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"How did Hitchcock create sustain and sustain it in Psycho?"

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PSYCHO "How did Hitchcock create sustain and sustain it in Psycho?" Psycho, by Alfred Hitchcock, was shocking for its time. Made in the 1960's when film censorship was very tight to today's standards, Hitchcock pushed the limits of what could be shown and did with psycho things that had never been done before. The cinematic art, symbolism and sub-conscious images in this film were brilliant for the time and still are now. Realised for this, psycho has been copied in many ways and the things that made it great have become very clich�d. From the very first scene in psycho, it is clear that the viewer will be sucked into the world of Marion Crane and Norman Bates. The opening shot is an aerial shot from the sky, pausing momentarily and seeming to pick a window at random, suggesting these were randomly chosen people, normal people like you and I, Hitchcock includes very normal things in psycho to let us relate to it, creating sympathy and empathy. The film is generally about guilt. Two different personalities are brought together because of their secrets based on sex, Marion's affair with a married man and Normans murder of his mother and her lover in bed. Hitchcock uses either conscious or sub conscious symbolism, concentrating on the story, we get the feelings Hitchcock wants us to have, based on the symbolism, without even properly realising it, for example one I didn't notice while watching psycho for the first time was that Marion's underwear changed from white to black after she decided to steal the money. ...read more.


It could be us in the shower. There is a musty shower curtain, which you can barely see through, so Marion cannot see or hear, she is totally blind to what is happening. She is simply washing as you and I do and she is very vulnerable to, this creates empathy for her. Then we see a dark figure through the mist, again, darkness represents evil. Marion showers oblivious to the dark figure moving towards her. She may be washing away the evil, the crime that she has committed as before; she decides to give back the money. The "slashing" music commonly used for deaths in psycho begins but quietly in the background the music and the figure move towards Marion simultaneously, the audience realise this and are forced to watch yet are powerless to stop it. Guilt is mixed with the complex emotions of the audience on witnessing the murder, as they knew that Marion was not safe before she did. When the figure pulls back the shower curtain, it has its back to the light so no face is seen, this makes the audience desperate to know who the figure is and creates suspense. A brutal stabbing follows, which would have been considered even more violent when it was first released than today, when the violence on screen is much more common. The audience never see a stab, we never see the knife penetrate the body, Hitchcock uses our imagination to make the ...read more.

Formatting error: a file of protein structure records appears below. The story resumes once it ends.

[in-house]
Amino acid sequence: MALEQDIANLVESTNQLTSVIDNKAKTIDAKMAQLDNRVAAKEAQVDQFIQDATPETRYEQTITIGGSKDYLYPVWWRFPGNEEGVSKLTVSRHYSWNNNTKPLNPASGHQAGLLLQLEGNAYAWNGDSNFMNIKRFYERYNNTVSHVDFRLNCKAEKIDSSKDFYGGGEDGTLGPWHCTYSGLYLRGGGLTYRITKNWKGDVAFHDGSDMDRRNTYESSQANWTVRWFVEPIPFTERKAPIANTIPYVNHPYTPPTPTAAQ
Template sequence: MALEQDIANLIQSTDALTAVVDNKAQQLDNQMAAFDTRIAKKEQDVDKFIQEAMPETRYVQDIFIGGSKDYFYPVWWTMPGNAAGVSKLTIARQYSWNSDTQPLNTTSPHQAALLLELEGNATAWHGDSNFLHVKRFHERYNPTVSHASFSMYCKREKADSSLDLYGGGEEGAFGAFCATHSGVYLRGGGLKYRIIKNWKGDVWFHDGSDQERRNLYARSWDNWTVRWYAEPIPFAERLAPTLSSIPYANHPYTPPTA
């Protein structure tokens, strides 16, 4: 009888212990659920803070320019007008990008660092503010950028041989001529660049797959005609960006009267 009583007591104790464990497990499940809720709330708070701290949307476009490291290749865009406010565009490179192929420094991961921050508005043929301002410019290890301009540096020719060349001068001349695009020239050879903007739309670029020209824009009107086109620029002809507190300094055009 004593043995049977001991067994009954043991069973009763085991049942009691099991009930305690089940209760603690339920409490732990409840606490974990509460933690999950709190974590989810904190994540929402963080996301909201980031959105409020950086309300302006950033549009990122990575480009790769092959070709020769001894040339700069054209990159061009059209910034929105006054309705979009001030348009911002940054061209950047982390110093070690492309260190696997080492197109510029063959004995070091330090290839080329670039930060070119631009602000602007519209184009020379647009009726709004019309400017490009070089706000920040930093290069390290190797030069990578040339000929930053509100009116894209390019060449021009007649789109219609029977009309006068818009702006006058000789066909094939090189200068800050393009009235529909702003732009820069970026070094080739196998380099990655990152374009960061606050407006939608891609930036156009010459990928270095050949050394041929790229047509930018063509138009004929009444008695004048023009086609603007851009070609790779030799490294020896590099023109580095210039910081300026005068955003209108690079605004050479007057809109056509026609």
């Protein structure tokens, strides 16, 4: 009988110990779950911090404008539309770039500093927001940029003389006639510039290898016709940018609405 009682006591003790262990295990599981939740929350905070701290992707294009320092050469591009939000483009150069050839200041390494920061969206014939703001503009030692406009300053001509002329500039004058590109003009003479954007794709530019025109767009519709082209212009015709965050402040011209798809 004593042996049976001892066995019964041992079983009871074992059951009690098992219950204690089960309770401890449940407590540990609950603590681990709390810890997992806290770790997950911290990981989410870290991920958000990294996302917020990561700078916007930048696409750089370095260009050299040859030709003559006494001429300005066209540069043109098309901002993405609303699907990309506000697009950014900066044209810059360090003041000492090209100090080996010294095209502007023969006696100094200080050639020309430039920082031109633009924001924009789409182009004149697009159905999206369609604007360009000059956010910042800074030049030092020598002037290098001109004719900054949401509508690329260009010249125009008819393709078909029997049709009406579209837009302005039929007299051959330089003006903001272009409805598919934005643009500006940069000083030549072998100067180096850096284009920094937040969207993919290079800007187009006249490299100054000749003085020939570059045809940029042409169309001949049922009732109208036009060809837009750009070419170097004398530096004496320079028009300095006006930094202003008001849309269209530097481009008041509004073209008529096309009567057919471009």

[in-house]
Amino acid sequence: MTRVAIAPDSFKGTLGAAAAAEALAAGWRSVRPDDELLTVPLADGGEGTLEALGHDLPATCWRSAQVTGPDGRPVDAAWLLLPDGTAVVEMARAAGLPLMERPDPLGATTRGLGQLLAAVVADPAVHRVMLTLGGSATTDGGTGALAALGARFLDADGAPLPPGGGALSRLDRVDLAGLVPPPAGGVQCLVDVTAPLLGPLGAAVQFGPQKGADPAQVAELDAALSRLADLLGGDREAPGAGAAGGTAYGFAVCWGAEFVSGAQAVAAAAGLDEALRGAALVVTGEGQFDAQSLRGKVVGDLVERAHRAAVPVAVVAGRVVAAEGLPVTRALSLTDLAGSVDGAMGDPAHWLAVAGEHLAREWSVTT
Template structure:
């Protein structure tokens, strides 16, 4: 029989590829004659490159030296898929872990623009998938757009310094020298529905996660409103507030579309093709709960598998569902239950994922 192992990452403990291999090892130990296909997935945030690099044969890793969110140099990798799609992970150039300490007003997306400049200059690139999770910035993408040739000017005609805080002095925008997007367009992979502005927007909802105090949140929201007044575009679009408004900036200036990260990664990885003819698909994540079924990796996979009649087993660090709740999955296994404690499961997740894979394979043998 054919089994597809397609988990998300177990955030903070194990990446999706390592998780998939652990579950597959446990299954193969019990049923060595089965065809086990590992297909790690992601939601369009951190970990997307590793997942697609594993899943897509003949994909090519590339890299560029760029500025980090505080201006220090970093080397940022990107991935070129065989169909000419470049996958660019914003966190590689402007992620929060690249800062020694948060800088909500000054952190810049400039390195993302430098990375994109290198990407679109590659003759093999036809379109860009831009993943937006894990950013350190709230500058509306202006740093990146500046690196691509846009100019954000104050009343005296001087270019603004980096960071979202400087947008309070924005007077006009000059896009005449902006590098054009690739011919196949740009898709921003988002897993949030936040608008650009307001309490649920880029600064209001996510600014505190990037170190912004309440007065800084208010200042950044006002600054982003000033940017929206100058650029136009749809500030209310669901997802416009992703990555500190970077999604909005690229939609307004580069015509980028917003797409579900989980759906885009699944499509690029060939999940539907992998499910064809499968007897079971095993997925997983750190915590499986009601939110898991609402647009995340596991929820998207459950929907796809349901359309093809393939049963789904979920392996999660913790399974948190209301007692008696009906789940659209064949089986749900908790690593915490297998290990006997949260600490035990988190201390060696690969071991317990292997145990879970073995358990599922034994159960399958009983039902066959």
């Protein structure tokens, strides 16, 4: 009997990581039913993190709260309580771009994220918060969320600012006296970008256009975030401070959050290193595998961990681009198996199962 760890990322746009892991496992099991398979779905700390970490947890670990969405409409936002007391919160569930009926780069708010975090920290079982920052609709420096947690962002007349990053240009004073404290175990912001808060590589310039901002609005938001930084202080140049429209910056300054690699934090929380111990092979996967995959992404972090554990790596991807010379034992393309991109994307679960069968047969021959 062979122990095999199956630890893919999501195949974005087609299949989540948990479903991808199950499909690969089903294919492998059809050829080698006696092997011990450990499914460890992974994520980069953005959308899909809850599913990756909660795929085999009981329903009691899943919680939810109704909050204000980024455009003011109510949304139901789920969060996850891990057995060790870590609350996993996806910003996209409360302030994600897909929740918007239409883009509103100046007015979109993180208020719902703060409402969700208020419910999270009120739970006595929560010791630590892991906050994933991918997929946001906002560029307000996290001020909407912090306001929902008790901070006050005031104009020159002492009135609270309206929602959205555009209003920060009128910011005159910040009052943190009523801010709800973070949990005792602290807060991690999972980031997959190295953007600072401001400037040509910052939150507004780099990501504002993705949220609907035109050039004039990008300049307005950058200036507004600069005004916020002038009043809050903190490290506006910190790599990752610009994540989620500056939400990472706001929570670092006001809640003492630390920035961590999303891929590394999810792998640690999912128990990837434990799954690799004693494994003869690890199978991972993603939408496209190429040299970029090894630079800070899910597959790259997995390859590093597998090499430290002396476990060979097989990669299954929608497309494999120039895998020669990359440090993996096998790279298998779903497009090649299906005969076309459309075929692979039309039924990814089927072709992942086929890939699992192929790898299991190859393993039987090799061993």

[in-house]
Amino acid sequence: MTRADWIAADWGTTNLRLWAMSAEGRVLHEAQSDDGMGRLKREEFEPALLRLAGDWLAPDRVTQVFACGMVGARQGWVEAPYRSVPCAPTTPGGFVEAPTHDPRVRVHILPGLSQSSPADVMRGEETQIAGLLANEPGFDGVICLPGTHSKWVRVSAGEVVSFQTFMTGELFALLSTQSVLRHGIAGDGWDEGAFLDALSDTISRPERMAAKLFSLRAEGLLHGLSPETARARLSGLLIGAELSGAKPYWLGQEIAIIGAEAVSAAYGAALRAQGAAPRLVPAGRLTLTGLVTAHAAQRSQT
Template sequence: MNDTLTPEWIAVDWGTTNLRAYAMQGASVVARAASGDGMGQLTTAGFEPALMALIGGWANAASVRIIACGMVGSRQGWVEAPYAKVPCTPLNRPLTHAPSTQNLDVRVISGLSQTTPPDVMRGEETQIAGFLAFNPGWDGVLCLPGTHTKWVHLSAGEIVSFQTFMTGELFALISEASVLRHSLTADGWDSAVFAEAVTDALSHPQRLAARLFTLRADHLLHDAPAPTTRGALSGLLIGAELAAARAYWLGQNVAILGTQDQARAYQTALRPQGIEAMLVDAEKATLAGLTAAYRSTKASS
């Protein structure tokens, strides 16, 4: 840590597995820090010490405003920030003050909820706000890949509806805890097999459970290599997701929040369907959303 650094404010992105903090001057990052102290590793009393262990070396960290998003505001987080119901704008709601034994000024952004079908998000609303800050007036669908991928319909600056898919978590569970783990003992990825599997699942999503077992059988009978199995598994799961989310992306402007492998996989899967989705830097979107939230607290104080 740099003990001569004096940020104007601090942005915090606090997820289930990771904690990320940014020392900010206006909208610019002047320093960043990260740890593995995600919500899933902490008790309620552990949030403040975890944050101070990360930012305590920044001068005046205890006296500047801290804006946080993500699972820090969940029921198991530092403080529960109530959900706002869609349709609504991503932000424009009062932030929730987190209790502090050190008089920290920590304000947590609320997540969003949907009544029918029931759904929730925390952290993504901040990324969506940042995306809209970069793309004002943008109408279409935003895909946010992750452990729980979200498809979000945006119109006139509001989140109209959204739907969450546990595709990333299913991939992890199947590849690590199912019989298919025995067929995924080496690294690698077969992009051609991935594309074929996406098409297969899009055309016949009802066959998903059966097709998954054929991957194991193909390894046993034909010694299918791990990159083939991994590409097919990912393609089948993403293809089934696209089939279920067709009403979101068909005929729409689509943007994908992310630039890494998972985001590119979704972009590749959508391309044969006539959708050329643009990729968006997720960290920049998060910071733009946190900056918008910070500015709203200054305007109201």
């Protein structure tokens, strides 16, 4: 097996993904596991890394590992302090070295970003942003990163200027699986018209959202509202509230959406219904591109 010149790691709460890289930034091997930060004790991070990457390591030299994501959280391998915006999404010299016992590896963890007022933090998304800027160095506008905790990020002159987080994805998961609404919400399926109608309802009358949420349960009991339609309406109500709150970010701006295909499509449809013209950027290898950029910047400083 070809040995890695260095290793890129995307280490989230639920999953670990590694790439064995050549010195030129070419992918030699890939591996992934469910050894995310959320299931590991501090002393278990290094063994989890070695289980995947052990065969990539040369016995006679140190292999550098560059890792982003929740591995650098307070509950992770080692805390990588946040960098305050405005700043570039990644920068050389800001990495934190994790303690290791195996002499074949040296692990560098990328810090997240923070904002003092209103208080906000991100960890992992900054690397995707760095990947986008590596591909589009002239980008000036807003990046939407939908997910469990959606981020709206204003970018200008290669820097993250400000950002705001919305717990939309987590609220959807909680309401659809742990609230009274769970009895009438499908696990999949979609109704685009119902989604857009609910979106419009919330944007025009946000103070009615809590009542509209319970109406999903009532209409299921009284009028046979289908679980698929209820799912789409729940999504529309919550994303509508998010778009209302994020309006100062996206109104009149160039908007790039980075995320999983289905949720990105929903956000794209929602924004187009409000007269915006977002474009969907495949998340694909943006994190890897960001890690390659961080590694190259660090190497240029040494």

It is similar to the death music, but not identical, death is only approaching. We see Mother sitting as though she is going to turn round by herself any moment. Lila's hand reaches towards her slowly, prolonging the audience's suspense. There is no music at this point it is silent. Silence is used here for contrast against the death music approaching. The hand waits, then touches mother. The corpse swings round very willingly as thought it wanted to turn. Lila screams in the exact same way Marion did and the death music begins suddenly out of the silence. The contrast between silence and the screaming stringed music plus the screaming Lila is massive and scares the audience to death. Hitchcock did exactly what he wanted to do to the audience. After this, Norman runs in wearing his mothers clothing, with the scream still ringing through the room. He tries to stab Lila, Sam stops him and Norman almost melts to the floor in a spasm, the suspense of this scene deflates and the audience is left in shock. In conclusion, there are many interesting ways Hitchcock created and sustained tension in psycho. He used the audiences imagination to make what very little he was allowed to show on screen much more powerful, Hitchcock knew how people would react to symbols he placed in Psycho and used that to his advantage in making them feel what he wanted them to, and it worked very well. ...read more.

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